UA-69298255-1 Introduction to Piping Design

Introduction to Piping Design

May 5, 2017

Piping systems are like arteries and veins. They carry the lifeblood of modern civilization. In a modern city, they transport water from the sources of water supply to the points of distribution; convey waste from residential and commercial buildings and other civic facilities to the treatment facility or the point of discharge. Similarly, pipelines carry crude oil from oil wells to tank farms for storage or to refineries for processing. The natural gas transportation and distribution lines convey natural gas from the source and storage tank forms to points of utilization, such as power plants, industrial facilities, and commercial and residential communities. In chemical plants, paper mills, food processing plants, and other similar industrial establishments, the piping systems are utilized to carry liquids, chemicals, mixtures, gases, vapors, and solids from one location to another.

 

The fire protection piping networks in residential, commercial, industrial, and other buildings carry fire suppression fluids, such as water, gases, and chemicals to provide protection of life and property. The piping systems in thermal power plants convey high-pressure and high-temperature steam to generate electricity. Other piping systems in a power plant transport high- and low-pressure water, chemicals, low-pressure steam, and condensate. Sophisticated piping systems are used to process and carry hazardous and toxic substances. The storm and wastewater piping systems transport large quantities of water away from towns, cities, and industrial and similar establishments to safeguard life, property, and essential facilities.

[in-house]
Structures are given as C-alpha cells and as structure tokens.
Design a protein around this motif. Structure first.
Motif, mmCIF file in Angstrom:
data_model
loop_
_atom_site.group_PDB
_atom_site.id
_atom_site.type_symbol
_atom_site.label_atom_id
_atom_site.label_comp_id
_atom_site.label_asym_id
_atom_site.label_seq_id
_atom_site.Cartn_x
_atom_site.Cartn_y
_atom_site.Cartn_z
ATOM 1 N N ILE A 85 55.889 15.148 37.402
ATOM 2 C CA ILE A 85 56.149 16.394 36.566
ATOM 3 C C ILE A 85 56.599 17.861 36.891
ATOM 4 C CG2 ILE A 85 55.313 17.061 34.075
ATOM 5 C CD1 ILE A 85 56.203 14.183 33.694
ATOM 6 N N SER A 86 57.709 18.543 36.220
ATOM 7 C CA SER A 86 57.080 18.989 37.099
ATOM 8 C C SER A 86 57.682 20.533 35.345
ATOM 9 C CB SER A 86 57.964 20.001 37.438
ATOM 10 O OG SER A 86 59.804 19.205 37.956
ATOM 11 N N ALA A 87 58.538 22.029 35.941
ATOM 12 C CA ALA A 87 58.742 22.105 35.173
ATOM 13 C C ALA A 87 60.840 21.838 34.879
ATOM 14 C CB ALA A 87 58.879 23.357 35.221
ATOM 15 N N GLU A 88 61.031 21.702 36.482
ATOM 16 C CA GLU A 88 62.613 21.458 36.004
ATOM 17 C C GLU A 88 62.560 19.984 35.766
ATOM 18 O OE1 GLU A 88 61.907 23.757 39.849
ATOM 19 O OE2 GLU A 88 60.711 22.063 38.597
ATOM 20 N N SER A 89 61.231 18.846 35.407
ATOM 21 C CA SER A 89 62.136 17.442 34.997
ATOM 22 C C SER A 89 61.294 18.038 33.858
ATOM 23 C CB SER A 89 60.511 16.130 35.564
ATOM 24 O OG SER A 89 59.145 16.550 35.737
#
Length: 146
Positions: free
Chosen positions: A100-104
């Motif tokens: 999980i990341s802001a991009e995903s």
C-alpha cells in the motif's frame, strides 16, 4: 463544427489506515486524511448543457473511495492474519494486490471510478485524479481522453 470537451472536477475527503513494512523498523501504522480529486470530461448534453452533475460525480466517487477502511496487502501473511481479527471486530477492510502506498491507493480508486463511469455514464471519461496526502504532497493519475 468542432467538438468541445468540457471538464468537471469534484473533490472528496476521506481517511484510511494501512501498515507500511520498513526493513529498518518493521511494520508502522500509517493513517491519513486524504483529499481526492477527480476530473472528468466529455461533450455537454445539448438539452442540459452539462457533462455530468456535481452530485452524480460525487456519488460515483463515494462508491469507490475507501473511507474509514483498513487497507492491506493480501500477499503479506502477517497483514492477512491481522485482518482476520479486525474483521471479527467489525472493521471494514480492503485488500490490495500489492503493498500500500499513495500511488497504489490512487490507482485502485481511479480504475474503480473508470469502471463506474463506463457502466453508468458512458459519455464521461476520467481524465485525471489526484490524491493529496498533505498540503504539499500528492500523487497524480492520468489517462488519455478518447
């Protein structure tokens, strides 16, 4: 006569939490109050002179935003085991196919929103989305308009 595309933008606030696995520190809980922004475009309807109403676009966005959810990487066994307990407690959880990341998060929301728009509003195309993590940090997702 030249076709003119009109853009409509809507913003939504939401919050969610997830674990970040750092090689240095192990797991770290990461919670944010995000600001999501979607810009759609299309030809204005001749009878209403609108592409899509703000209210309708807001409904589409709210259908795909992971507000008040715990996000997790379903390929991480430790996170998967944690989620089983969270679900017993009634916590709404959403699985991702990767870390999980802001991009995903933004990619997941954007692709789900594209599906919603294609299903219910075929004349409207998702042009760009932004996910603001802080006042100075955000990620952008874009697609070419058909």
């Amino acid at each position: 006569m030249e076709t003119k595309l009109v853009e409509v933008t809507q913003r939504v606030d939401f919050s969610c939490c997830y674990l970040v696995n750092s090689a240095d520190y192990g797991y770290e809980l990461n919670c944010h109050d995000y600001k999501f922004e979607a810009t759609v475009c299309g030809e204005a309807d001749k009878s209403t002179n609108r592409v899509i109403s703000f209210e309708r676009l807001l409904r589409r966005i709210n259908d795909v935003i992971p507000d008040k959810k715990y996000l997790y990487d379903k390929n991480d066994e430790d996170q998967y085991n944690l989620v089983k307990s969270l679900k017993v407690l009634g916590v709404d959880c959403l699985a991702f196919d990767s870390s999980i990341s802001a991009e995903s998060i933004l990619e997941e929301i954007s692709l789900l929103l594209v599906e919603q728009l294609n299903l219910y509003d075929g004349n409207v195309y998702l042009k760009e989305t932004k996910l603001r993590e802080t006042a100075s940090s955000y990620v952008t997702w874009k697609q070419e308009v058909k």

In health facilities, piping systems are used to transport gases and fluids for medical purposes. The piping systems in laboratories carry gases, chemicals, vapors, and other fluids that are critical for conducting research and development. In short, the piping systems are an essential and integral part of our modern civilization just as arteries and veins are essential to the human body.

 

The piping design, construction, operation, and maintenance of various piping systems involve understanding of piping fundamentals, materials, generic and specific design considerations, fabrication and installation, examinations, and testing and inspection requirements, in addition to the local, state and federal regulations.

 

Piping includes pipe, flanges, fittings, bolting, gaskets, valves, and the pressure containing portions of other piping components. It also includes pipe hangers and supports and other items necessary to prevent over pressurization and over stressing of the pressure-containing components. It is evident that pipe is one element or a part of piping. Therefore, pipe sections when joined with fittings, valves, and other mechanical equipment and properly supported by hangers and supports, are called piping.

 

Pipe

Pipe is a tube with round cross section conforming to the dimensional requirements of

Pipe Size

Initially a system known as iron pipe size (IPS) was established to designate the pipe size. The size represented the approximate inside diameter of the pipe in inches. An IPS 6 pipe is one whose inside diameter is approximately 6 inches (in). Users started to call the pipe as 2-in, 4-in, 6-in pipe and so on. To begin, each pipe size was produced to have one thickness, which later was termed as standard (STD) or standard weight (STD.WT.). The outside diameter of the pipe was standardized.